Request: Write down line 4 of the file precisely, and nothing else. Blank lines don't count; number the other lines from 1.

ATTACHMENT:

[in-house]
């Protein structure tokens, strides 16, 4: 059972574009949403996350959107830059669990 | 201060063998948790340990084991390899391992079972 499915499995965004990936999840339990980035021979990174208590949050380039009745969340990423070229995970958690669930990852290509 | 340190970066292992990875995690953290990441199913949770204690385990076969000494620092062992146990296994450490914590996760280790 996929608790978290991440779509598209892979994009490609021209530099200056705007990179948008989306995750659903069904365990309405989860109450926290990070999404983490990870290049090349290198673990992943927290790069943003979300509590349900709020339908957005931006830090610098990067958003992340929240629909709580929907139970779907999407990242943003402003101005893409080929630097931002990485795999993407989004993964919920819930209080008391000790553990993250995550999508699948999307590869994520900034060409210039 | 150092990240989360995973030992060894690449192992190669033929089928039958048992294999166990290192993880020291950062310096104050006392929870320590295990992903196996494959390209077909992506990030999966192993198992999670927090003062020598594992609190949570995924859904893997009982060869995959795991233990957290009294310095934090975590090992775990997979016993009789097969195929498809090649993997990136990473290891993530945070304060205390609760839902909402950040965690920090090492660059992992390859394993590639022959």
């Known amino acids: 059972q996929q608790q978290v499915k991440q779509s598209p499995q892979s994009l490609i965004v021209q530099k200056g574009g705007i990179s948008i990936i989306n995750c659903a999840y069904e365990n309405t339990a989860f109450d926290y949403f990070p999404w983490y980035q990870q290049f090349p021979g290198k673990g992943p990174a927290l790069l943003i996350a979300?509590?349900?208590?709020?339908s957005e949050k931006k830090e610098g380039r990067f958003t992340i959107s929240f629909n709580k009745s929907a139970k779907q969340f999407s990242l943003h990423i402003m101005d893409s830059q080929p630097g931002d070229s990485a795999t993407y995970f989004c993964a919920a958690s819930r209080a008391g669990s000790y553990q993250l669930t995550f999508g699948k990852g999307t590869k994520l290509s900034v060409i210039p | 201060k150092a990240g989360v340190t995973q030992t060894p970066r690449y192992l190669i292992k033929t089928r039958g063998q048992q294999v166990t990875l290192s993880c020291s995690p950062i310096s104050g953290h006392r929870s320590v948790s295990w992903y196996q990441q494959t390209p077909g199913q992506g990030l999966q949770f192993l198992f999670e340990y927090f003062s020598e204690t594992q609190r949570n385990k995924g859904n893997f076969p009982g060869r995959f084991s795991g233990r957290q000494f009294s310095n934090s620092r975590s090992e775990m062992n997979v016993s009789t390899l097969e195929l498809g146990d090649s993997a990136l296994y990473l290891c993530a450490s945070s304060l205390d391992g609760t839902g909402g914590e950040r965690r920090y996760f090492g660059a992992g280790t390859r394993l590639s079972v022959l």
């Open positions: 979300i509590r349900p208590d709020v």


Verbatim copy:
């Open positions: 979300i509590r349900p208590d709020v």